To improve your shopping experience today and in the future, this site uses cookies.
I Accept Cookies

Buy A Bike Pre-Ride Checks

Pre-Ride Safety Checks.

Check your tyre pressure

First, press down on the top of the wheel, and observe the feel of the tyre and how much it bulges against the ground. This doesn't give you an accurate measure of your tyre pressure, but it helps give you a general idea of what your tyres should feel like should you need, in an emergency, to guess whether or not you have adequate pressure.

Check wheel axles / quick-releases

If your wheels are held in place with quick-release levers, check to make sure that the levers are closed with the proper tension. If you're not familiar with the proper use of wheel quick-release levers, ask for help from our Shimano-approved Cytech-qualified bicycle mechanics.

Check your brakes function

Grasp the left-hand (rear) brake lever firmly, and rock the bike forward and backward. The brakes should hold firmly without slipping.

Repeat using the right-hand (front) brake lever. If either brake does not hold firmly, do not ride the bike, and have the brakes checked by our Shimano-approved Cytech-qualified bicycle mechanics.

Check your wheels are secure and spokes are tight

With the bike resting on the ground, hold the handlebars with one hand, and grab the top of the front wheel with the other hand. Try to rock the wheel side-to-side; there should NOT be any "play" in this direction.

Lift the front end of the bike and spin the front wheel. As the wheel spins, it should feel and sound smooth. If it makes a grinding noise, or if the wheel wobbles from side to side as it spins, have it serviced by our Shimano-approved Cytech-qualified bicycle mechanics.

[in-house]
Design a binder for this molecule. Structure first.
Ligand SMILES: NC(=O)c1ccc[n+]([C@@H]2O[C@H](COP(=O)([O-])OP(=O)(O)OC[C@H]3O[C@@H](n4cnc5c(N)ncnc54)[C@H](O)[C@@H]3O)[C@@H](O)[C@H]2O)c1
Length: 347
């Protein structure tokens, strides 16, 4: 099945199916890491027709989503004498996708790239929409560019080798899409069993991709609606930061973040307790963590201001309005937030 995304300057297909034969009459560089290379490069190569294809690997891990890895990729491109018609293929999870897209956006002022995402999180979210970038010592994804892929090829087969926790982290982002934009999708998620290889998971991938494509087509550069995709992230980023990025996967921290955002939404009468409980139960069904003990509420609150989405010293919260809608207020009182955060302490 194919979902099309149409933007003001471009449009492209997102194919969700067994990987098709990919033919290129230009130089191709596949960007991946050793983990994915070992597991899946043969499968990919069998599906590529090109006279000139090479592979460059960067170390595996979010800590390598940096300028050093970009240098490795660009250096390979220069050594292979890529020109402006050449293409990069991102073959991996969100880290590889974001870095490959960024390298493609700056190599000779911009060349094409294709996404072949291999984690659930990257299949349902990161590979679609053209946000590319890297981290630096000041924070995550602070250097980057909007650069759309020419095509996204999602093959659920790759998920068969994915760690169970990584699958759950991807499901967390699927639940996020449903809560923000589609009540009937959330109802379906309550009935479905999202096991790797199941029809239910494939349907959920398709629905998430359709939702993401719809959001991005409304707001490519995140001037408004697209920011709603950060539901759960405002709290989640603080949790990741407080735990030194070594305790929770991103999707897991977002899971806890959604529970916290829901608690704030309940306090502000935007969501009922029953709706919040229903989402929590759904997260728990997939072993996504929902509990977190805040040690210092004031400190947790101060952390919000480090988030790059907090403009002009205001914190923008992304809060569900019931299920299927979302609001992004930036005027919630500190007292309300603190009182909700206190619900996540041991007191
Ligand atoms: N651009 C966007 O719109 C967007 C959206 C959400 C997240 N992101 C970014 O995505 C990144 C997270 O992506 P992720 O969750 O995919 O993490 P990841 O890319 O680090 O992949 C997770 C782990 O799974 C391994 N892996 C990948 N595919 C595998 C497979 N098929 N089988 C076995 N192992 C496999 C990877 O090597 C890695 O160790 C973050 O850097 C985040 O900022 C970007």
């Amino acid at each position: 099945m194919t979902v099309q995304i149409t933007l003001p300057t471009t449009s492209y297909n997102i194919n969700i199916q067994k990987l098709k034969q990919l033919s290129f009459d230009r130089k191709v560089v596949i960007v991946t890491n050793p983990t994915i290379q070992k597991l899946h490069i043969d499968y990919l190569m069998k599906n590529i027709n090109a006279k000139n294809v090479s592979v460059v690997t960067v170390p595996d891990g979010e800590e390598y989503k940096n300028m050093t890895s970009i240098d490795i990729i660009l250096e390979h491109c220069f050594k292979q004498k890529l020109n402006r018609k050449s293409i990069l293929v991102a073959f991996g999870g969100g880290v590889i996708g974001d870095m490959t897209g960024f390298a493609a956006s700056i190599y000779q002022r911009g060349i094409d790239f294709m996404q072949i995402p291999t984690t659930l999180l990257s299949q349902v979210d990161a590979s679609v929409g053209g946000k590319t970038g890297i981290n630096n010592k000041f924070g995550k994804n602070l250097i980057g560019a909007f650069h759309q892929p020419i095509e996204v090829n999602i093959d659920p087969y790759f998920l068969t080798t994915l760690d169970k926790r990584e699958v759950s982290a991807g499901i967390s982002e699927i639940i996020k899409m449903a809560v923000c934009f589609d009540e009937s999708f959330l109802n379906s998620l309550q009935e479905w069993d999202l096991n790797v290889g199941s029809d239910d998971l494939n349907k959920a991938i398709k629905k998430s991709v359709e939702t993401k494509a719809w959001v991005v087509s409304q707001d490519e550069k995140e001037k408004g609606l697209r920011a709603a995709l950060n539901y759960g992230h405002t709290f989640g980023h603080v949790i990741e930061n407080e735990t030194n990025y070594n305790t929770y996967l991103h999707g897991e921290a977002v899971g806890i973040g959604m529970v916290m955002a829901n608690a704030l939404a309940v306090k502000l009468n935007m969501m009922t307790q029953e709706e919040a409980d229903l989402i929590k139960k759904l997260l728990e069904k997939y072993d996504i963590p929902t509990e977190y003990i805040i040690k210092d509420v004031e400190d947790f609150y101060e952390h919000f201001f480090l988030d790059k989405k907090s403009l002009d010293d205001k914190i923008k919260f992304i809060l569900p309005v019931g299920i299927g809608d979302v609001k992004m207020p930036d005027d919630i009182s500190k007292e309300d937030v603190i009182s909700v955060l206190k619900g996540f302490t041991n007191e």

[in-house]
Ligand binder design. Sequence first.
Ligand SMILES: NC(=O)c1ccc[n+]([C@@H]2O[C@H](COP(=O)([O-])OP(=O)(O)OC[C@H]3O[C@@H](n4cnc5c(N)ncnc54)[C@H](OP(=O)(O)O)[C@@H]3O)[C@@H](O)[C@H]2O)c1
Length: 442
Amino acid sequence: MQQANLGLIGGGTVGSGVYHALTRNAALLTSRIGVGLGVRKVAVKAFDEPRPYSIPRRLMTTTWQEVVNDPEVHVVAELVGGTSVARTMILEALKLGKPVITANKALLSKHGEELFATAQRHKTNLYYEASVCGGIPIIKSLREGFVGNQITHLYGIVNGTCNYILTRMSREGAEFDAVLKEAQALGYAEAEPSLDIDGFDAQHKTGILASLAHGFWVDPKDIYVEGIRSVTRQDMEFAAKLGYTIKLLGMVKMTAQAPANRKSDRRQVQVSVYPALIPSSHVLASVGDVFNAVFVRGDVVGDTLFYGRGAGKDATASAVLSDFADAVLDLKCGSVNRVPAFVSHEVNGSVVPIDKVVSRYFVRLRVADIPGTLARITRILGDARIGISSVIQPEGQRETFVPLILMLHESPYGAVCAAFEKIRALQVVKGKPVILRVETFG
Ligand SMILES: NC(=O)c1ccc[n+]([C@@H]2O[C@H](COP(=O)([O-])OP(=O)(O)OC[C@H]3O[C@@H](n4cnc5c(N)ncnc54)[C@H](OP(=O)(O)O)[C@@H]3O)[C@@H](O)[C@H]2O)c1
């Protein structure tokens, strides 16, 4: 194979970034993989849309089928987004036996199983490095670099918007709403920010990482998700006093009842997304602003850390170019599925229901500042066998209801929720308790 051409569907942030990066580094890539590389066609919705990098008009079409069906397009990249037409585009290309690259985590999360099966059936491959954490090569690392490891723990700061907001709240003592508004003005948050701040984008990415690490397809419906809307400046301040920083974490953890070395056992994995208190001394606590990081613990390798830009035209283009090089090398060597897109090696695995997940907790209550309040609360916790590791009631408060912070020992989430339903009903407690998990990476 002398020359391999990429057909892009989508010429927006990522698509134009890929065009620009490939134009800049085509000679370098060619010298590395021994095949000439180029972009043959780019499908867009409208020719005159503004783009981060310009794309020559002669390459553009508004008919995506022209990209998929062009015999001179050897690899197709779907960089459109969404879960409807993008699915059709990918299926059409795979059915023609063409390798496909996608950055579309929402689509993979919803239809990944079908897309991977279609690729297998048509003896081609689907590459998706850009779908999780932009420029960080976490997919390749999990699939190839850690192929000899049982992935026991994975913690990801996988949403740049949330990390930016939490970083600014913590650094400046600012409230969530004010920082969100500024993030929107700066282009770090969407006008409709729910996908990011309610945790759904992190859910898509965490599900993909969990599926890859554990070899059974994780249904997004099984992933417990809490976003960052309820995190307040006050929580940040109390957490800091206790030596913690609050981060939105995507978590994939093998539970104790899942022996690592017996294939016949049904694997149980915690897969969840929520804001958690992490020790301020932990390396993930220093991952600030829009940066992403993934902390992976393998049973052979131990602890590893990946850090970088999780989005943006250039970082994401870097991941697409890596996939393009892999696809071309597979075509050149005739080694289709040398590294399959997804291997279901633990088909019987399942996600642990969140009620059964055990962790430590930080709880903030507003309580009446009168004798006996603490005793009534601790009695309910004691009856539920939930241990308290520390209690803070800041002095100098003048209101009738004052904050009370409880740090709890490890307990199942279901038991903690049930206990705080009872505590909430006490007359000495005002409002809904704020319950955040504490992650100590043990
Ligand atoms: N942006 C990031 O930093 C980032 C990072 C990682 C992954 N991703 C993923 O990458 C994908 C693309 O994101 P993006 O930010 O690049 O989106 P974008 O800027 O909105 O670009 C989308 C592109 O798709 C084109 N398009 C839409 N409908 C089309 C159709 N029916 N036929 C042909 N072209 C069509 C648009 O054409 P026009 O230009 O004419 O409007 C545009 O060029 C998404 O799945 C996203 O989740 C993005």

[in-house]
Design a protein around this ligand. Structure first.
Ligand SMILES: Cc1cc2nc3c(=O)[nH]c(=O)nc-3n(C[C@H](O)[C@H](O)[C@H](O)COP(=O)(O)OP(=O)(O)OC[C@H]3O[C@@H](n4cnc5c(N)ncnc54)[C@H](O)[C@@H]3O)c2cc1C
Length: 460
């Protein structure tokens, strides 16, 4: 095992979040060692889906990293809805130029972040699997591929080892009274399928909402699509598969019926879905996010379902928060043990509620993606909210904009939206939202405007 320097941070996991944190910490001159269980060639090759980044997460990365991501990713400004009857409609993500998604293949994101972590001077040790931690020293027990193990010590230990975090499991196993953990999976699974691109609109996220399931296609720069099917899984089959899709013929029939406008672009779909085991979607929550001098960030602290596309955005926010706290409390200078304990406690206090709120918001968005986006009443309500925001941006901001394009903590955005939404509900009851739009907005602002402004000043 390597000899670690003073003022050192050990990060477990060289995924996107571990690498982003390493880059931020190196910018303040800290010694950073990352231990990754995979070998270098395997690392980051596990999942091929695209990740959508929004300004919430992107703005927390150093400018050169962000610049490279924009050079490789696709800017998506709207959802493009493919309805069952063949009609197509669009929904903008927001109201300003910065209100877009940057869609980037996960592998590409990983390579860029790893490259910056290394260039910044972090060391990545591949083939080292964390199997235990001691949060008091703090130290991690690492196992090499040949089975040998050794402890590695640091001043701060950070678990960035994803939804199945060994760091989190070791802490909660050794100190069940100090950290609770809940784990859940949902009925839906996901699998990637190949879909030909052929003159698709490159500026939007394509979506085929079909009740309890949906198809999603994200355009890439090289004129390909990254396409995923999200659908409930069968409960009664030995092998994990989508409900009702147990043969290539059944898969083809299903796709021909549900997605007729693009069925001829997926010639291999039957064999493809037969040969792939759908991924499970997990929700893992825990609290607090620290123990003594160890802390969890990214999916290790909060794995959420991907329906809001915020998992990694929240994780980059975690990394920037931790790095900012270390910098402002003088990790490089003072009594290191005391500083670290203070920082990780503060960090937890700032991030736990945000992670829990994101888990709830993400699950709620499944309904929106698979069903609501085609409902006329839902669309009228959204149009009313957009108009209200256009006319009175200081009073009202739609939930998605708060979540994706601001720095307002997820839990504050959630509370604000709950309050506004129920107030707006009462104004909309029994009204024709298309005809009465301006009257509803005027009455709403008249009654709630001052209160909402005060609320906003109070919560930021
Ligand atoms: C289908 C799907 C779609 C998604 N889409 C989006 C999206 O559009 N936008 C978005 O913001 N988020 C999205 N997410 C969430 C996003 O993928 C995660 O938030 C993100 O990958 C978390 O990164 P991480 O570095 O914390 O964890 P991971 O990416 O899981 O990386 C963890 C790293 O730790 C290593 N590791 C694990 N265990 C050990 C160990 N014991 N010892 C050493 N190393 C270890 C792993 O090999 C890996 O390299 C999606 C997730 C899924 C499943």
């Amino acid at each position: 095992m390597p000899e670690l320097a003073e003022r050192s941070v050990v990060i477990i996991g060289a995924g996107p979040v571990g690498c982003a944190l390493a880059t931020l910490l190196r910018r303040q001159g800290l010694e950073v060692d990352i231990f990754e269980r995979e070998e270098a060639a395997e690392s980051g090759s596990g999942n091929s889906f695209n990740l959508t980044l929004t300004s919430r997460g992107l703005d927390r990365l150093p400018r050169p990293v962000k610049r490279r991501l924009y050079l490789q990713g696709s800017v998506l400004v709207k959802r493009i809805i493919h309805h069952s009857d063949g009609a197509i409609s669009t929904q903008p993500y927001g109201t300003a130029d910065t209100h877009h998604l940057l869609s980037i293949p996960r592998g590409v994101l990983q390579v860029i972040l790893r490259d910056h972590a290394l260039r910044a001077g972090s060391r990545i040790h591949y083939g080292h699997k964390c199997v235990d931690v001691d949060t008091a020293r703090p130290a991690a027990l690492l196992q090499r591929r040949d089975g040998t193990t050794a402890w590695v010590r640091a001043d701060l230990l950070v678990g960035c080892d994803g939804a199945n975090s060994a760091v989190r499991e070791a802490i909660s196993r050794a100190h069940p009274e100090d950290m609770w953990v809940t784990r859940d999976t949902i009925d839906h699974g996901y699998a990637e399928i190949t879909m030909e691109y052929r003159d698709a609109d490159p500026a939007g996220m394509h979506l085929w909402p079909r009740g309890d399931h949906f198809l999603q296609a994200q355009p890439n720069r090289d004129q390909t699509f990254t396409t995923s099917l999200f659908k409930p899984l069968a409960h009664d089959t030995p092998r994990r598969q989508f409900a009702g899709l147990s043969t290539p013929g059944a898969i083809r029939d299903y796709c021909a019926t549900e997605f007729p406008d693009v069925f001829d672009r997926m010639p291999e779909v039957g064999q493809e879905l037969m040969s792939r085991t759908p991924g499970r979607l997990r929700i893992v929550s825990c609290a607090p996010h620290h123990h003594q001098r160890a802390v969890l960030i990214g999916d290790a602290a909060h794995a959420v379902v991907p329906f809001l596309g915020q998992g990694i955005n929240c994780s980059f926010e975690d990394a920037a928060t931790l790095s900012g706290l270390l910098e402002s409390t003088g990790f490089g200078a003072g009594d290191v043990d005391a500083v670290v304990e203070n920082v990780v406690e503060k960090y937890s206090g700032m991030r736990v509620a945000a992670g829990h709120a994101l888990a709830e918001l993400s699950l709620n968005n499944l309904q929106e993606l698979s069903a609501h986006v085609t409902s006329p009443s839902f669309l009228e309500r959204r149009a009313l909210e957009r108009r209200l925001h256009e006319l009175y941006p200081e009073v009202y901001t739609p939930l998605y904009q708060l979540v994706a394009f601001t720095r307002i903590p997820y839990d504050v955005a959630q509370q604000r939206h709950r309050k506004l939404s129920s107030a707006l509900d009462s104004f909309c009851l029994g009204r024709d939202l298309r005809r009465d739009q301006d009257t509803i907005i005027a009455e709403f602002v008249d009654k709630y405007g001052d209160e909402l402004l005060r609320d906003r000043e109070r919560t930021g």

Repeat the above process for the rear wheel.

Check your crank arms and pedals are tight and bottom bracket free of play

With the bike resting on the ground, stand on the right side of it. The crank is the arm that the pedal is connected to; rotate the cranks so that the arm is pointed up. Grasp the crank arm with one hand, and tug on it firmly, pulling it towards you and then towards the bike. You should not feel any play.

Repeat on the left side of the bike.

If you feel play in the crank arms on both sides, it is likely that the bottom bracket (the set of ball bearings that allow the crank arms to turn) need to be serviced or replaced. If you feel play on only one side, the crank arm itself is probably loose. You may be able to tighten it back down using the bolt in the centre, but if it has worked itself loose it probably needs to be replaced.

Check stem bolts are tight and headset is free of play

The stem is the component that holds the handlebar in place. Stand over the bike with the front wheel between your legs. Grasp the handlebar firmly and try to turn the handlebar without turning the wheel. If the handlebars turn, DO NOT ride the bike and have it checked by our Shimano-approved Cytech-qualified bicycle mechanics.

The headset is the group of ball bearings inside the front part of the bike (the head tube) that enable the steering to operate. To check that they are adjusted properly, grab the right-hand (front) brake lever and rock the bike forward and backward while you hold onto the outside of the bearing areas (at the top and bottom of the frame's head tube). If you feel any play in the bearings, they need to be adjusted by our Shimano-approved Cytech-qualified bicycle mechanics.

Check your chain for wear and rust

Closely inspect the chain. If there's a little surface rust, then you can probably get away with cleaning and re-lubricating it. If it's completely covered solid with rust, then it needs to be replaced. Also check for stiff links

If the chain is covered with chunks of grease or grime, either partially or completely, then clean and lubricate it.

Use a chain wear indicator tool to check the condition of the chain. If the tool indicates that the chain is worn, the chain needs to be replaced.